So a few days ago, I had to interview a Ugandan man as part of my official duties. He came calling for a tourist visa, and would be traveling to the United States to a known university that had invited him to present a paper about the practice of child sacrifice in the Ugandan countryside. Fascinated to meet someone on the “good guy” side of the divide – and to be sure, most Ugandans ARE on the right side of history in this case – I asked him things related to his job, already planning to approve his visa but assuming his endeavors were predominantly within the academic realm. I assumed he used solely words on paper to affect a change in people’s thinking, but that he wasn’t on the “action” side of the equation. All good, since anything to fight child sacrifice is noble and worthy, since it all has the potential of changing minds and drawing awareness to the issue.

But how wrong I was. Borrowing a page from Quixote’s “hazanas, no palabras” (actions, not words) playbook, this guy also has a hardcore side: he goes undercover to infiltrate child sacrifice shrines throughout the countryside, documenting those responsible and, tragically, the children who are on the business end of the knife. With all gravity he said to me, “Believe me, I could tell you some stories.” He then proceeded to reconstruct an abbreviated version of the laundry list of horrors he’d personally witnessed in the course of his labors, and told me of the specific things that had happened to the “fortunate” survivors featured in the two info pamphlets I included at the outset of this posting: tongues cut out, heads machete-whacked, though somehow saved last-minute and spirited away prior to hearts being carved from torsos. You can’t make this stuff up. It’s insane that this sort of stuff happens in the world, but outstanding to see even one person taking a stand against it.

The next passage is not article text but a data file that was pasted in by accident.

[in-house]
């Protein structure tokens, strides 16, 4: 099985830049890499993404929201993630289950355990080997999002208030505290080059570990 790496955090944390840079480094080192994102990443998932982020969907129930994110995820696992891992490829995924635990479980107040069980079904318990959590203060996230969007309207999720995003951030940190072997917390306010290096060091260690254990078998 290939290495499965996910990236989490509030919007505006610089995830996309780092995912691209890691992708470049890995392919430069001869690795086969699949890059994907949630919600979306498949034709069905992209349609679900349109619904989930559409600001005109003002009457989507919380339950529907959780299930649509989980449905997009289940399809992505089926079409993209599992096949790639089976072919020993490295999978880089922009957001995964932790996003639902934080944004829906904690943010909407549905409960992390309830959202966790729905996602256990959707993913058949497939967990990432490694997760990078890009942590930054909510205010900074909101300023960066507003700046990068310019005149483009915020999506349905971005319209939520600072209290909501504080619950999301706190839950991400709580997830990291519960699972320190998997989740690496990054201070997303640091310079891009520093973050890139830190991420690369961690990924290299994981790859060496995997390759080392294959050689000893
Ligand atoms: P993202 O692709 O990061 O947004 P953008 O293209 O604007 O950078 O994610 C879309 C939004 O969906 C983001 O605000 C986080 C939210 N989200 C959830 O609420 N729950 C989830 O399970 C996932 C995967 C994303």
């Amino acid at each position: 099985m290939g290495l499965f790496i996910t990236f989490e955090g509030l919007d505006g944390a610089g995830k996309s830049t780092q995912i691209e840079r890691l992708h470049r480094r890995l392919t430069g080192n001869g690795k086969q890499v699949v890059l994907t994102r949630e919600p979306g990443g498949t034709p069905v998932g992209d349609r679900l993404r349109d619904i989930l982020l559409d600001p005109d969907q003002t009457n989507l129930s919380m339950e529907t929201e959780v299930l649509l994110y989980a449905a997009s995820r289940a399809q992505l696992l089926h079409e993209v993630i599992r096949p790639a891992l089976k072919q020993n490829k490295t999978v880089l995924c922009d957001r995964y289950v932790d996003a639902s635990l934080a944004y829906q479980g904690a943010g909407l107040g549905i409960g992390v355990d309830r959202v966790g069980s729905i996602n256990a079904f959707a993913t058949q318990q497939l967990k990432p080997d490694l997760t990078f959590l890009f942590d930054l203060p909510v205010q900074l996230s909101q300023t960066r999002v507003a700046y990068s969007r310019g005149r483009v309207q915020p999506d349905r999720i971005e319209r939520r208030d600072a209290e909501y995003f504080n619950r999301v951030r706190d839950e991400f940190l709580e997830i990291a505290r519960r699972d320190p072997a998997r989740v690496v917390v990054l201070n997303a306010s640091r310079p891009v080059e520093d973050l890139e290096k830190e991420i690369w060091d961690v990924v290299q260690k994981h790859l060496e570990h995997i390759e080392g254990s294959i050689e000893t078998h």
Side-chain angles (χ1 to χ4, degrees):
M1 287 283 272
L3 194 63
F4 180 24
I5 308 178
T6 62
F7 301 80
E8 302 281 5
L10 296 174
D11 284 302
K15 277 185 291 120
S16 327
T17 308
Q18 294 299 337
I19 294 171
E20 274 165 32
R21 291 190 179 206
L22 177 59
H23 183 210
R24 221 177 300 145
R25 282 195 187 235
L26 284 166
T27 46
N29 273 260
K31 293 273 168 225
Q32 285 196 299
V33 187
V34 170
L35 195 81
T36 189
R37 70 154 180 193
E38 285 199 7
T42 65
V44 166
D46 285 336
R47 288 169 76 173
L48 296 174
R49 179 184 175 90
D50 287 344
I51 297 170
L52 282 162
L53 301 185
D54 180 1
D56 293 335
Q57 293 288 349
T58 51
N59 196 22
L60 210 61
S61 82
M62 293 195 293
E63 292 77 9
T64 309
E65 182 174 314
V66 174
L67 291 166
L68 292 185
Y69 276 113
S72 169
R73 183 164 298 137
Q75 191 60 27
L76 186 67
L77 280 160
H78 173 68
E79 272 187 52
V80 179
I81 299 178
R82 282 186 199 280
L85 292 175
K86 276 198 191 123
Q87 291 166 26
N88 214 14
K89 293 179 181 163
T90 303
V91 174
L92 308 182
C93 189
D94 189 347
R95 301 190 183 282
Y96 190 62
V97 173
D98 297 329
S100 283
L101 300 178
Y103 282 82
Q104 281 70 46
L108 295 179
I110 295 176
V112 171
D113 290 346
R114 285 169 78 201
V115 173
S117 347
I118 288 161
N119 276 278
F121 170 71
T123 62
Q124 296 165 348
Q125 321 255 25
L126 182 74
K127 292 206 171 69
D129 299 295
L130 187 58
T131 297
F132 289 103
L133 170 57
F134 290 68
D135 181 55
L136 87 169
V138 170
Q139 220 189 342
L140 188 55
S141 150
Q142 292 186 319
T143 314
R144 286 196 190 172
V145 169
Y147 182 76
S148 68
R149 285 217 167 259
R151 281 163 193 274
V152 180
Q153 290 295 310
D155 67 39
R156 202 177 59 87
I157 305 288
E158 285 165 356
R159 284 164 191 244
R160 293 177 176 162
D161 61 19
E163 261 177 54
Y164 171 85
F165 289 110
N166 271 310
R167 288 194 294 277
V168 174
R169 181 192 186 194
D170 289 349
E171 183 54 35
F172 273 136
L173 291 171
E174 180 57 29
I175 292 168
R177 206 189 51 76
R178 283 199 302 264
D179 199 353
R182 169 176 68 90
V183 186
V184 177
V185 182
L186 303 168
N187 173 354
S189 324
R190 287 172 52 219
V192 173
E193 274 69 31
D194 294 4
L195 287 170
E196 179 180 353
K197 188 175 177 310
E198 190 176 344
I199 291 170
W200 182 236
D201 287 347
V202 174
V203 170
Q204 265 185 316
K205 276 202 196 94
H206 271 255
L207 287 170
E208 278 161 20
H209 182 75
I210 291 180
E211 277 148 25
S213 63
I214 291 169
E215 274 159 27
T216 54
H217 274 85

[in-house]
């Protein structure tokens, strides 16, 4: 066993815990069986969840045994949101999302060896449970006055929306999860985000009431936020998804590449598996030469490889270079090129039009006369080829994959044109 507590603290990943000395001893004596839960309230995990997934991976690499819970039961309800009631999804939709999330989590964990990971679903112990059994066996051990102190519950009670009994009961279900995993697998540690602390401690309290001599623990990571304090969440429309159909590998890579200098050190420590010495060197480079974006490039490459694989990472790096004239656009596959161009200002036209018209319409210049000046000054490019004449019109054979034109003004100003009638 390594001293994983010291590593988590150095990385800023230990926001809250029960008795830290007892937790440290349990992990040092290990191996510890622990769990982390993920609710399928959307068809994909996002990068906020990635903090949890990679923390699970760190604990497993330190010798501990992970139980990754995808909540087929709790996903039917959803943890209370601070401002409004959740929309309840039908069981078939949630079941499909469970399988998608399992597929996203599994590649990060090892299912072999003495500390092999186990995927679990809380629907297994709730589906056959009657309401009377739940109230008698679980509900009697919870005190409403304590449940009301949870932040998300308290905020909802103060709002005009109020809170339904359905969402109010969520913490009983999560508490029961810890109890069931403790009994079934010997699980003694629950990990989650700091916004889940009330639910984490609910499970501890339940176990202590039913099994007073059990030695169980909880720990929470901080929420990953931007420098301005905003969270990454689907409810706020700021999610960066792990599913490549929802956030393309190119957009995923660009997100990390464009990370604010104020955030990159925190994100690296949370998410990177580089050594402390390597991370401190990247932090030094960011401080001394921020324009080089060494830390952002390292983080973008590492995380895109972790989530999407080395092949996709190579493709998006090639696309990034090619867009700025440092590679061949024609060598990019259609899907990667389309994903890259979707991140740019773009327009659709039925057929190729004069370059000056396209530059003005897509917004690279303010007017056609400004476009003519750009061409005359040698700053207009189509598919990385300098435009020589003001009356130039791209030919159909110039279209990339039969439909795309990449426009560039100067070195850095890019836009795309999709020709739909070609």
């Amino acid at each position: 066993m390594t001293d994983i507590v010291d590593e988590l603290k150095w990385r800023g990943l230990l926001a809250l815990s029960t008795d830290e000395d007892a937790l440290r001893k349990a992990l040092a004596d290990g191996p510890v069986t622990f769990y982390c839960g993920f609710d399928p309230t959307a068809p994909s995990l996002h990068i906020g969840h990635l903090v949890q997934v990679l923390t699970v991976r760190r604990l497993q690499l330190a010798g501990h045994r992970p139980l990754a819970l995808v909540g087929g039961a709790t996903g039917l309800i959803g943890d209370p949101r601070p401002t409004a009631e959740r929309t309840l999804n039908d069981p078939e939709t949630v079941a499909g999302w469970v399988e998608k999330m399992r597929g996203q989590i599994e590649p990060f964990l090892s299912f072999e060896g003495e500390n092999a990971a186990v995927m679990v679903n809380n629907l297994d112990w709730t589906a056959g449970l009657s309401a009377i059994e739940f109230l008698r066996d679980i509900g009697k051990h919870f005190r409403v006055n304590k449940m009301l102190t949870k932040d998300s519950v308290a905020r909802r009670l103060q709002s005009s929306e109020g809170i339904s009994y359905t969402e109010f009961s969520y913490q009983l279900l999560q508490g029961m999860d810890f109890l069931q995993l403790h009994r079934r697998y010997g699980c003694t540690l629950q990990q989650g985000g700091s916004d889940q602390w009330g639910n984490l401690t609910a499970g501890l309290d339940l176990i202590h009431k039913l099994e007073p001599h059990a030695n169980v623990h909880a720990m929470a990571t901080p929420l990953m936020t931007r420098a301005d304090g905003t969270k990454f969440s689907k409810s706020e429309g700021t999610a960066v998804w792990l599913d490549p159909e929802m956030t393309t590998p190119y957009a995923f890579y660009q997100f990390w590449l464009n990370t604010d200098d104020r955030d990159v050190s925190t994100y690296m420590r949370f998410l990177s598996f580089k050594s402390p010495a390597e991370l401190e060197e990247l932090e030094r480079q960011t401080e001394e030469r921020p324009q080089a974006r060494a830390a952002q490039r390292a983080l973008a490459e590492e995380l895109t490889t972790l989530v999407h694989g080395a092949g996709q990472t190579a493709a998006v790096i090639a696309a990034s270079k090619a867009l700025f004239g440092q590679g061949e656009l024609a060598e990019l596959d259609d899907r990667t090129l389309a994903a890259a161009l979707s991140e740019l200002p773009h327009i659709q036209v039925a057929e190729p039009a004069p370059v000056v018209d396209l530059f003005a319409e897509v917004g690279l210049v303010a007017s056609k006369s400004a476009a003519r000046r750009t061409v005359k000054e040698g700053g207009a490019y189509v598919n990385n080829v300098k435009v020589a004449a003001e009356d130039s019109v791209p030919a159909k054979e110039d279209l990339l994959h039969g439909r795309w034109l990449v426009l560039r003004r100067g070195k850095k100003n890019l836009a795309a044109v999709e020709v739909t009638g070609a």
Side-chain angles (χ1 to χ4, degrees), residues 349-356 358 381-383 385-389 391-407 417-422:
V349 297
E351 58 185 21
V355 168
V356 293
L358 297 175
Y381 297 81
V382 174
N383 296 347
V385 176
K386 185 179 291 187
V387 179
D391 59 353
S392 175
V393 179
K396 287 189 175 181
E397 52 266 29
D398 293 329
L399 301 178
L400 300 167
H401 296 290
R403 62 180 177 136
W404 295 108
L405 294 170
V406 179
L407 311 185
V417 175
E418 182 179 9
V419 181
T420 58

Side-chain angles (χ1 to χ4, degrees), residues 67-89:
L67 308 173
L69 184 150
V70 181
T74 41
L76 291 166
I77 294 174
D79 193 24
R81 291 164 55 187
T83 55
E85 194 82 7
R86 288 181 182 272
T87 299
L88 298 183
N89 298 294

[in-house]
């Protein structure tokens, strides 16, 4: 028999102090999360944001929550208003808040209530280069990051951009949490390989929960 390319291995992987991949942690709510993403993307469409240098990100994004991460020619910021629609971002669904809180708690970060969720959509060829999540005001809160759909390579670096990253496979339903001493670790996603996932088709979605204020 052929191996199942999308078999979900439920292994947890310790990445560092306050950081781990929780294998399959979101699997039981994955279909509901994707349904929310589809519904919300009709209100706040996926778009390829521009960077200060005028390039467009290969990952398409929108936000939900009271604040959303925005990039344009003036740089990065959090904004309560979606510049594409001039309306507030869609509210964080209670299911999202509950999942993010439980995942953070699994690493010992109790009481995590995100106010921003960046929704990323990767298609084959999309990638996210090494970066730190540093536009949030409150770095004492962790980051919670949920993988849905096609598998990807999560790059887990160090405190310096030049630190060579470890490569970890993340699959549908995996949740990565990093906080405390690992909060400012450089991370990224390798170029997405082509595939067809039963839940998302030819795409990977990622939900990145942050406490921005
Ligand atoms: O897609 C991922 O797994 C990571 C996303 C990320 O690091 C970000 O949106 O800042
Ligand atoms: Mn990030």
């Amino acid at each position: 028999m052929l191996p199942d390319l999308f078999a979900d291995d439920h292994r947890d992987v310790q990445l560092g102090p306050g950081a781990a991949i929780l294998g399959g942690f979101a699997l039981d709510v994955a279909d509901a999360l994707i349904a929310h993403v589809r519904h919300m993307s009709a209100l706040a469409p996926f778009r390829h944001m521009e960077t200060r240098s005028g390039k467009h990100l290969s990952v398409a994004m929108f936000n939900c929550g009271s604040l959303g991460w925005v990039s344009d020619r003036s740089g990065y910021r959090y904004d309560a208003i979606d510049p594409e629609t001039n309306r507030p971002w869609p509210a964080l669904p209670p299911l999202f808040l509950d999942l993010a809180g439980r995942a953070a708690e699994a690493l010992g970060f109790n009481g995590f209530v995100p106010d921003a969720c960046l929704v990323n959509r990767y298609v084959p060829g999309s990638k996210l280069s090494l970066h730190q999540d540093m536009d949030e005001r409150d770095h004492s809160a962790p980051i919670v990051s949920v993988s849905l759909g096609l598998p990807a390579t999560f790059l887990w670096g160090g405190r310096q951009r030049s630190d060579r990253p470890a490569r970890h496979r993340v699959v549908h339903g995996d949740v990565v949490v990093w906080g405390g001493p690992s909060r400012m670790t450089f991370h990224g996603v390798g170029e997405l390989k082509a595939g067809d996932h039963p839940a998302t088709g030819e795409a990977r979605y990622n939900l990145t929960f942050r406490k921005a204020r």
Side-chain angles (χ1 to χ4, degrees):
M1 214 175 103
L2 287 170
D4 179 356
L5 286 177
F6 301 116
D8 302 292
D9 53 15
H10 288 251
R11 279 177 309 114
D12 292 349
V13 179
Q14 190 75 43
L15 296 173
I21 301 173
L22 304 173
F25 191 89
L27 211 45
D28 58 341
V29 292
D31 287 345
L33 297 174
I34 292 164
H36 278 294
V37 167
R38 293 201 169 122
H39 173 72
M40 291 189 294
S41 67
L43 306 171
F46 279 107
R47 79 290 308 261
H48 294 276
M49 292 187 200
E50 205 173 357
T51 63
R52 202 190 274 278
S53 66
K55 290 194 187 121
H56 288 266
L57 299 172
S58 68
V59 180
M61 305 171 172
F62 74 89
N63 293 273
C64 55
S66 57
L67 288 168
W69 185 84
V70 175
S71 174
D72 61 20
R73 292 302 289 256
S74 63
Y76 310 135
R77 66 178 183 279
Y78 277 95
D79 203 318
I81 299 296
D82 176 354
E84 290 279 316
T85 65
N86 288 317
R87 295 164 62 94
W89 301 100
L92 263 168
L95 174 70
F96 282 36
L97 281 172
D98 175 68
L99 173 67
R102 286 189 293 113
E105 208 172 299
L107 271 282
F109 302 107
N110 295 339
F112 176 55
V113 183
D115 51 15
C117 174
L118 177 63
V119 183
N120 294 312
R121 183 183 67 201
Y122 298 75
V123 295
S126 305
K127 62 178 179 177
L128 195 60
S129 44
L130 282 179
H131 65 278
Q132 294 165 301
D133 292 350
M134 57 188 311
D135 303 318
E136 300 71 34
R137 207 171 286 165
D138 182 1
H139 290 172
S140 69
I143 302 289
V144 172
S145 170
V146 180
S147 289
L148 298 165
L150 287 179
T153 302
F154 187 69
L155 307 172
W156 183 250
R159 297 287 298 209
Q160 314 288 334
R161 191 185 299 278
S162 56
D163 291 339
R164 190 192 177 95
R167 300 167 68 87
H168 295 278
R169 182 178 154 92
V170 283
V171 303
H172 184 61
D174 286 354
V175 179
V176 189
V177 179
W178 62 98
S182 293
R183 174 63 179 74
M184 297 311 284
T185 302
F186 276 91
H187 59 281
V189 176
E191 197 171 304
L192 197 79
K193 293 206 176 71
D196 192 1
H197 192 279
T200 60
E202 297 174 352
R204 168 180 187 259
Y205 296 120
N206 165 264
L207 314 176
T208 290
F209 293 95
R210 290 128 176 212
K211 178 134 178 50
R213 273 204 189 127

The interview made me feel blessed for a litany of reasons. First, though I’ll preface this by saying I’m not an uber-nationalistic guy, times like these make me feel fortunate to be American. Yes, we have our problems, but they’re nothing like THAT. Second, I’m in a job that gives me the capacity, even in a very limited manner, to combat this sort of thing: the consular officer who approves the guy’s visa so he can travel to the US and bring attention to the issue; the political officer who demarches local or national government about it; the public relations officer who gives a speech decrying the practice and condemning it with every iota of the collective spirit of the world community. Never a dull moment, even when elements of the day-to-day grind can sometimes feel frustrating or you’re dealing in dark subject matter you’d rather not. But approving this man for travel was one of the bright moments for me. It really doesn’t get any better.